Simply Resourceful

Simple ways to be more conscious about how we use our resources.

Mexican Bean Beetle Invasion!

Our experience with garden pests have been very minimal...slugs and aphids.  Now that we live in the country without the suburban pesticides, we are realizing how difficult organic gardening really can be.  So far this spring/summer we have dealt with: cucumber beetles, potato flea beetles, cutworm, aphids, potato beetles, slugs, and the Mexican bean beetle.  We have spent hours and I mean literally hours, hand picking these pests.  Of course, aphids fly away and we haven't figured out the right mix of dish detergent and water for pest management control.  Any readers who have suggestions, please leave a comment!  The picture above shows a section of bean plants that have been affected by the aphids and the Mexican bean beetle.  Surprisingly the beans themselves haven't been affected, only the leaves.  

Here is a cluster of the Mexican bean beetle eggs.  One beetle can lay 40-75 eggs in a single cluster.  

Here is the larva.  These pests live on the underside of the leaves which makes finding them a bit more work.  We have 250 plants so that's a lot of leaves to turn over!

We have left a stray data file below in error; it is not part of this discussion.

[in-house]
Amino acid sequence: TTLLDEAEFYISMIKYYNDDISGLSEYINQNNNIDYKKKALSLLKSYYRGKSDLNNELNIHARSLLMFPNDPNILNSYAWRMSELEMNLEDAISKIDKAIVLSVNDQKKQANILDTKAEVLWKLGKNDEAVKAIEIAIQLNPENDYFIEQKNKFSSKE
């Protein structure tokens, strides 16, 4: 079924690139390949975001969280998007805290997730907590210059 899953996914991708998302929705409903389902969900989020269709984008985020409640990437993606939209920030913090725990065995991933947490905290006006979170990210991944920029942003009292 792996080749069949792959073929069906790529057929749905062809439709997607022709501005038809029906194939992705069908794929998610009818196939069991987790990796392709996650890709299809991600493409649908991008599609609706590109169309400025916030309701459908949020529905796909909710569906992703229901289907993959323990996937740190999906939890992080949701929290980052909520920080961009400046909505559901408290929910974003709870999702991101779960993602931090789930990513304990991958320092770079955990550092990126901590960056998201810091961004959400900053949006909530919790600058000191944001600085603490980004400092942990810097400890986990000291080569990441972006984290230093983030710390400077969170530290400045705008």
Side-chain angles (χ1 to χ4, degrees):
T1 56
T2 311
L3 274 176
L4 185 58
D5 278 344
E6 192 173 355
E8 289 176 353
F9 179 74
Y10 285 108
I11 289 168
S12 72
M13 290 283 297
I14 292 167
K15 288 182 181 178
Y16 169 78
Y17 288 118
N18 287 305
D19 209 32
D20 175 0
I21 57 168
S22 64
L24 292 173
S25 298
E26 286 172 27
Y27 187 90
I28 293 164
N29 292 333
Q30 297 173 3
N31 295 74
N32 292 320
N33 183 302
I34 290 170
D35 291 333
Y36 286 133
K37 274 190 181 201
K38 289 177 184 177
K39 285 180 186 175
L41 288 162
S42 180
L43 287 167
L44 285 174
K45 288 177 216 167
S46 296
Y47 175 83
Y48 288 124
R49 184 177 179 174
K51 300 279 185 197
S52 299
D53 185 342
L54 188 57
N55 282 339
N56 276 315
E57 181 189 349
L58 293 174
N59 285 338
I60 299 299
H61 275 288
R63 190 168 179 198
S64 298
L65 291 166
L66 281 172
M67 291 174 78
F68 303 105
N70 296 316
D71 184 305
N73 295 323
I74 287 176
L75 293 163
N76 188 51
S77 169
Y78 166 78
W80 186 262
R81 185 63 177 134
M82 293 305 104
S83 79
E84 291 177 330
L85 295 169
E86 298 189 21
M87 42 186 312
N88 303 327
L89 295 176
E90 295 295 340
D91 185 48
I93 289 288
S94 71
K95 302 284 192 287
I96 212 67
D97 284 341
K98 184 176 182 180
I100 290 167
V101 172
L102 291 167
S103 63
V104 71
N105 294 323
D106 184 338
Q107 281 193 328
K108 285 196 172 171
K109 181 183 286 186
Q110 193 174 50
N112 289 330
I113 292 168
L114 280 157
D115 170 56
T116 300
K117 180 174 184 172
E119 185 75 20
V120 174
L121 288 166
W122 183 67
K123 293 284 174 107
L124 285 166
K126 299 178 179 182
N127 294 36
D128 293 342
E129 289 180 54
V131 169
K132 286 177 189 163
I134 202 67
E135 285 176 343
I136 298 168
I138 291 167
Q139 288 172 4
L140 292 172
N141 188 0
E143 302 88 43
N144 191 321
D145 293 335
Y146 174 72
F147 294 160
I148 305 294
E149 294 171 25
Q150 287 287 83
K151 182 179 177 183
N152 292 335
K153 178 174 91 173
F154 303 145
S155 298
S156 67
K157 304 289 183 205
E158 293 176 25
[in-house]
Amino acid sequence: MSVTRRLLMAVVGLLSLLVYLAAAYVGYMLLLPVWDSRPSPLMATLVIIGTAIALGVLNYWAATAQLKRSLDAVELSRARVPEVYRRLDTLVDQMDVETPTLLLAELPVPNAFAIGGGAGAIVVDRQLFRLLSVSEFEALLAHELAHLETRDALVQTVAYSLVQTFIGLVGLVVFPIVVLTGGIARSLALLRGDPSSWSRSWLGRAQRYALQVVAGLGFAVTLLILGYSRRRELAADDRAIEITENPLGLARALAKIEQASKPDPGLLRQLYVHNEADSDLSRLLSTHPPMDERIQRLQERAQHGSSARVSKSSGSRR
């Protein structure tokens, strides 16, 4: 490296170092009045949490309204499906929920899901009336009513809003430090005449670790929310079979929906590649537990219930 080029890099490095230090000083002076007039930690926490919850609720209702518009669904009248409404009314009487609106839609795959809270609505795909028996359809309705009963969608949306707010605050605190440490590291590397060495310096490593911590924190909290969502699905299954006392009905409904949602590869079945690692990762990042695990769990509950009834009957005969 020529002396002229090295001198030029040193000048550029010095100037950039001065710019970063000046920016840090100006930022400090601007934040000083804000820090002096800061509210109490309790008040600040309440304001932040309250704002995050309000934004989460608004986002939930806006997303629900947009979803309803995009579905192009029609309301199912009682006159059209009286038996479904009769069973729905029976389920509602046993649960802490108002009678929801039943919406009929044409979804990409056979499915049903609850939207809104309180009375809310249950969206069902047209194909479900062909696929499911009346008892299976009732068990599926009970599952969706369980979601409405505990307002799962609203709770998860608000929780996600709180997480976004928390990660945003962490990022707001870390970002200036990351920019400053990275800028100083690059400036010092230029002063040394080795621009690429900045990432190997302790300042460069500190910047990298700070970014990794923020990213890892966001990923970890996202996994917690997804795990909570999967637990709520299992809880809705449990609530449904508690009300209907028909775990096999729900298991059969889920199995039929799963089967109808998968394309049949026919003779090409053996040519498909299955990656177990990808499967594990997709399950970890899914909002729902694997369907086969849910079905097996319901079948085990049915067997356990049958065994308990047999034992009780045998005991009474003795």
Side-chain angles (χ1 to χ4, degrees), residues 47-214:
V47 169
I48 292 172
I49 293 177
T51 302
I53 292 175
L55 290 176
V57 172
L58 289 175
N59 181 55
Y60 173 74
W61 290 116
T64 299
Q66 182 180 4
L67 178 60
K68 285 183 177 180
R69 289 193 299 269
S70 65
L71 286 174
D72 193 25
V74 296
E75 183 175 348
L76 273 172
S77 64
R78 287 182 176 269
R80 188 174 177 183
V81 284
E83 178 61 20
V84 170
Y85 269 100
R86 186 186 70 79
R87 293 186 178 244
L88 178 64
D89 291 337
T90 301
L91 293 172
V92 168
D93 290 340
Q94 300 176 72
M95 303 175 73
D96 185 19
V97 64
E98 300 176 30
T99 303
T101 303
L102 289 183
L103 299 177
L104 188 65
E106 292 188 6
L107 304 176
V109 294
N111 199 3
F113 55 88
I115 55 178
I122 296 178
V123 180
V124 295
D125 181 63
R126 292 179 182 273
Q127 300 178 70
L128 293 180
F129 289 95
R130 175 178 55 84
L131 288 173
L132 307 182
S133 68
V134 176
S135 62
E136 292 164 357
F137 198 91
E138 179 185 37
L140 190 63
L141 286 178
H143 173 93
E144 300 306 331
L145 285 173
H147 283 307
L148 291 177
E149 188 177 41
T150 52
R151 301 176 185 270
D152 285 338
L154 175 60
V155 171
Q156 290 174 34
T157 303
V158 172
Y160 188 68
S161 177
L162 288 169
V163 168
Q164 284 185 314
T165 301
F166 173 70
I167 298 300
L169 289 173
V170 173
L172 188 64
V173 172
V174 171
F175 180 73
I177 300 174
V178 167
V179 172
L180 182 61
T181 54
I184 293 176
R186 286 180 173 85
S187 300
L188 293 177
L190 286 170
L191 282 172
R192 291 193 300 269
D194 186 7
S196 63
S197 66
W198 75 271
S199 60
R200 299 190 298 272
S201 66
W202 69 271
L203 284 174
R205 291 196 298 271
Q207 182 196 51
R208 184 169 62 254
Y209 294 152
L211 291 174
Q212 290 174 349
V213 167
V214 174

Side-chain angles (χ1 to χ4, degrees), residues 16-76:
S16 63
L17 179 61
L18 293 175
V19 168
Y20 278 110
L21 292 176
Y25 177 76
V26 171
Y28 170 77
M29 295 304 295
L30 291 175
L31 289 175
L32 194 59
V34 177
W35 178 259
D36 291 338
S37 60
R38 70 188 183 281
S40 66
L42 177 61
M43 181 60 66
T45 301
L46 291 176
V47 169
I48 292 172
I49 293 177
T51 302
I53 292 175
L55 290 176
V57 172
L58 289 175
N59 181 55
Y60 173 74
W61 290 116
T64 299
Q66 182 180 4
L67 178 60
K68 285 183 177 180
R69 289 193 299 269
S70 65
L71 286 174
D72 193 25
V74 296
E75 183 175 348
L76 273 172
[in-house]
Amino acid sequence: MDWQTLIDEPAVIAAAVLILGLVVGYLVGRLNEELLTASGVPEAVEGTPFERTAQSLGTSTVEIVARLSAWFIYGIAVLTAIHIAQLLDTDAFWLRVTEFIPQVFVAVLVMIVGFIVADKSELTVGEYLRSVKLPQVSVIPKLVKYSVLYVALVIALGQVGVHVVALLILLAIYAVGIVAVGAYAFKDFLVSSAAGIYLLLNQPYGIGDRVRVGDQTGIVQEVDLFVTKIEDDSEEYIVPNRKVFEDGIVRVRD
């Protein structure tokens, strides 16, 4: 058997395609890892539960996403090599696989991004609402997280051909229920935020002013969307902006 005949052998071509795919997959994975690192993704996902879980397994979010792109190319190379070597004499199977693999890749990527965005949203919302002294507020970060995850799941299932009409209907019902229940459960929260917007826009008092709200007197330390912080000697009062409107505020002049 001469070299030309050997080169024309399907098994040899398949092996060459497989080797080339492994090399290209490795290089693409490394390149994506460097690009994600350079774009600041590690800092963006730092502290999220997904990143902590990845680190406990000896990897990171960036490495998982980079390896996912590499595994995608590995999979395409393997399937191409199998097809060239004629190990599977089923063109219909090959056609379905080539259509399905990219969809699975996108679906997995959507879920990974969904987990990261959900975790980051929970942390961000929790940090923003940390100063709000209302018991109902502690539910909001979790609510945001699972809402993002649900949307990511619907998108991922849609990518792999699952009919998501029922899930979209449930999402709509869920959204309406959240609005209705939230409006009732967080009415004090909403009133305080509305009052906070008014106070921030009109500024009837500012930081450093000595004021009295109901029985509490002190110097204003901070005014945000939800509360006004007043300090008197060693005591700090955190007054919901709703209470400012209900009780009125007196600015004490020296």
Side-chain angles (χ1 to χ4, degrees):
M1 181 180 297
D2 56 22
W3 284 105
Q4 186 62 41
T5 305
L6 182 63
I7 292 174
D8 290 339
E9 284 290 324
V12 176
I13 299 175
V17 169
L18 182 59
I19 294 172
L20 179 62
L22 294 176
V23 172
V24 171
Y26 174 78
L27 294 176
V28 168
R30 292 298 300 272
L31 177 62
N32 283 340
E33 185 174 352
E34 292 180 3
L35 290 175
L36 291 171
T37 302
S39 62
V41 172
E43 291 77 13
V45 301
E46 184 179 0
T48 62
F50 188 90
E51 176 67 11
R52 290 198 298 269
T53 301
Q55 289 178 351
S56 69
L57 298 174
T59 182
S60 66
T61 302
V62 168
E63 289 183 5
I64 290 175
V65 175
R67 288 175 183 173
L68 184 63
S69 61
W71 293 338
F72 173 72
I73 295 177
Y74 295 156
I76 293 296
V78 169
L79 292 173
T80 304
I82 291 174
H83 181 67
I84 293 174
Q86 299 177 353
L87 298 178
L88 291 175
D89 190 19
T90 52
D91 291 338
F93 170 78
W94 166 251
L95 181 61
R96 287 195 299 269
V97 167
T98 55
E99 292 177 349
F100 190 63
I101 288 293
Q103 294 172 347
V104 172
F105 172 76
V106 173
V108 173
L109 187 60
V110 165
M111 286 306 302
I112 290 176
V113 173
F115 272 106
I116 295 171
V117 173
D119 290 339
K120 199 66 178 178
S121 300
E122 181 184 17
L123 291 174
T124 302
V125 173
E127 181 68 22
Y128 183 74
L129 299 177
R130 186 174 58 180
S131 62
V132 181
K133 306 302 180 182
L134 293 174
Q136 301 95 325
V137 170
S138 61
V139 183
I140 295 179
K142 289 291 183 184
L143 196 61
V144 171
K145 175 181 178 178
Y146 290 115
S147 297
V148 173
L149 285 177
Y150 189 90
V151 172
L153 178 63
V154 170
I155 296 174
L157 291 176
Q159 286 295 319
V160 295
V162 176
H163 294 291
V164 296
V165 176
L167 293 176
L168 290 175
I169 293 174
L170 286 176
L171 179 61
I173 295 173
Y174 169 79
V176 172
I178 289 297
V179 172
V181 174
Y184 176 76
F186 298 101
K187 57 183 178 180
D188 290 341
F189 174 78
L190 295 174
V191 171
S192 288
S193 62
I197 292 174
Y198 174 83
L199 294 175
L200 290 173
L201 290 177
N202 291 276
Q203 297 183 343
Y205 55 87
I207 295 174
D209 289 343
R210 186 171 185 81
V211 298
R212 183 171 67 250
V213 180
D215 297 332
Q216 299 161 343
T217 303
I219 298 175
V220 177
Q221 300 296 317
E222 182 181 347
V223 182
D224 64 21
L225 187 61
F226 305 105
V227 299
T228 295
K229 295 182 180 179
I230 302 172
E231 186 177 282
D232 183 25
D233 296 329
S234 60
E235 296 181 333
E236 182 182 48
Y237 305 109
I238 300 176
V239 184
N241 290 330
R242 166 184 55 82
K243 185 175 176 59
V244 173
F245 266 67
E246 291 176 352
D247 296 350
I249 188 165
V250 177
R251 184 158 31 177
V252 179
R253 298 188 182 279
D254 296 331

Weeks ago when we first saw this brown beetle, we thought it was a beneficial insect because the aphid population was declining.  Come to find out, it's the adult Mexican bean beetle!!  

I am so confused when it comes to knowing which bugs are pests and which bugs are beneficial.  There are so many different colors of ladybugs that I never know which ones should be left in the garden.  I left the ladybug in the above picture on the bean plants assuming it was a beneficial.  Do any of you readers have advice on identification?


About this blog

A weekly update on our adventures of trying to be more self-sufficient by using resources wisely. We explore a variety of topics that most broadly fit in the "Homesteading" category, i.e. beekeeping, organic gardening, edible landscaping/fruit forest, food preservation/canning, woodworking, soap-making, and environmental stewardship.

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